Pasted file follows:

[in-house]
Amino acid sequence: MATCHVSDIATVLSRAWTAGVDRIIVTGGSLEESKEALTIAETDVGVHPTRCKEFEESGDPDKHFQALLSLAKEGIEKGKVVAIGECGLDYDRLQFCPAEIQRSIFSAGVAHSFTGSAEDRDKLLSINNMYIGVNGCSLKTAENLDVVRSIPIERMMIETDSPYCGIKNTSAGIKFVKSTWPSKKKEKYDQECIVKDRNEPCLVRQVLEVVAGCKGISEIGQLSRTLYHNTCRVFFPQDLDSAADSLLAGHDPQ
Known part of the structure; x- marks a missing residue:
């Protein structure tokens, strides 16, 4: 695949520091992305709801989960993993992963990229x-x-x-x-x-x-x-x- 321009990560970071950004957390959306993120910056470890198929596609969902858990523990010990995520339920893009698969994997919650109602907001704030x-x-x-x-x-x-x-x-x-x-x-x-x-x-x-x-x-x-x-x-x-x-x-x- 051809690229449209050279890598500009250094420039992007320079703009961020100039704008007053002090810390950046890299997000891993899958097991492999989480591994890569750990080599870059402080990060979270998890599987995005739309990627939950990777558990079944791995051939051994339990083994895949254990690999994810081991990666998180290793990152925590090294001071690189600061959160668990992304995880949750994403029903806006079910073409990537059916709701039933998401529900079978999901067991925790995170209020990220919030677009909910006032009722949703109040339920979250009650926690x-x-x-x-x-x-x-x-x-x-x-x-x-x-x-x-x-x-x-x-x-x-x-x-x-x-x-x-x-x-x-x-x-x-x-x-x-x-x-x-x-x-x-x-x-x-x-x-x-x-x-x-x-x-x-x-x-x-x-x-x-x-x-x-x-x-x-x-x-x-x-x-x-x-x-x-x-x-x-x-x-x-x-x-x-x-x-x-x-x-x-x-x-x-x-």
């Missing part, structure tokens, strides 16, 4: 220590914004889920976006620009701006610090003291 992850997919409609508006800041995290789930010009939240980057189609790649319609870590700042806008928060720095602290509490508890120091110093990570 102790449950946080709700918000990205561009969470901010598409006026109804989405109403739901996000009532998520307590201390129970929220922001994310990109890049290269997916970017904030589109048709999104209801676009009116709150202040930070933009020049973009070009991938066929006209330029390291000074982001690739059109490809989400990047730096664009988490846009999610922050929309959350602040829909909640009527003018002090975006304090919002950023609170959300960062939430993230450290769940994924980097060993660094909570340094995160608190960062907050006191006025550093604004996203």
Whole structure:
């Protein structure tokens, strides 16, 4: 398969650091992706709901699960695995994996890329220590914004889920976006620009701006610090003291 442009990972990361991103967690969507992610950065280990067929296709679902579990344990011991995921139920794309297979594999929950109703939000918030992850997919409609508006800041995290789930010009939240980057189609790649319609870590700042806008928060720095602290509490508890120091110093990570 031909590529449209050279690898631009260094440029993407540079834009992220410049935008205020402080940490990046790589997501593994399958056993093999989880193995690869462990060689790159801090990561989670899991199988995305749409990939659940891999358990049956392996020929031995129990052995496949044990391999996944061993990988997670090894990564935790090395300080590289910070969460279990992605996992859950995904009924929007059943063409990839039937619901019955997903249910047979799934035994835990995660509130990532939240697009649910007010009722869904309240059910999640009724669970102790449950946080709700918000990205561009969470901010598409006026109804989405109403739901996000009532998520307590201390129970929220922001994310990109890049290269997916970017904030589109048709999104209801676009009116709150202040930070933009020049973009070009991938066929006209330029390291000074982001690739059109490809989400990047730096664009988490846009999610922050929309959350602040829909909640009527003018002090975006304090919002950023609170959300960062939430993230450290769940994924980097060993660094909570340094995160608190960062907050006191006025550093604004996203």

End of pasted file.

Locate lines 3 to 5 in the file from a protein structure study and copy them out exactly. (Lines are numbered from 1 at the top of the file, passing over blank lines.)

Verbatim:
Known part of the structure; x- marks a missing residue:
């Protein structure tokens, strides 16, 4: 695949520091992305709801989960993993992963990229x-x-x-x-x-x-x-x- 321009990560970071950004957390959306993120910056470890198929596609969902858990523990010990995520339920893009698969994997919650109602907001704030x-x-x-x-x-x-x-x-x-x-x-x-x-x-x-x-x-x-x-x-x-x-x-x- 051809690229449209050279890598500009250094420039992007320079703009961020100039704008007053002090810390950046890299997000891993899958097991492999989480591994890569750990080599870059402080990060979270998890599987995005739309990627939950990777558990079944791995051939051994339990083994895949254990690999994810081991990666998180290793990152925590090294001071690189600061959160668990992304995880949750994403029903806006079910073409990537059916709701039933998401529900079978999901067991925790995170209020990220919030677009909910006032009722949703109040339920979250009650926690x-x-x-x-x-x-x-x-x-x-x-x-x-x-x-x-x-x-x-x-x-x-x-x-x-x-x-x-x-x-x-x-x-x-x-x-x-x-x-x-x-x-x-x-x-x-x-x-x-x-x-x-x-x-x-x-x-x-x-x-x-x-x-x-x-x-x-x-x-x-x-x-x-x-x-x-x-x-x-x-x-x-x-x-x-x-x-x-x-x-x-x-x-x-x-």
């Missing part, structure tokens, strides 16, 4: 220590914004889920976006620009701006610090003291 992850997919409609508006800041995290789930010009939240980057189609790649319609870590700042806008928060720095602290509490508890120091110093990570 102790449950946080709700918000990205561009969470901010598409006026109804989405109403739901996000009532998520307590201390129970929220922001994310990109890049290269997916970017904030589109048709999104209801676009009116709150202040930070933009020049973009070009991938066929006209330029390291000074982001690739059109490809989400990047730096664009988490846009999610922050929309959350602040829909909640009527003018002090975006304090919002950023609170959300960062939430993230450290769940994924980097060993660094909570340094995160608190960062907050006191006025550093604004996203």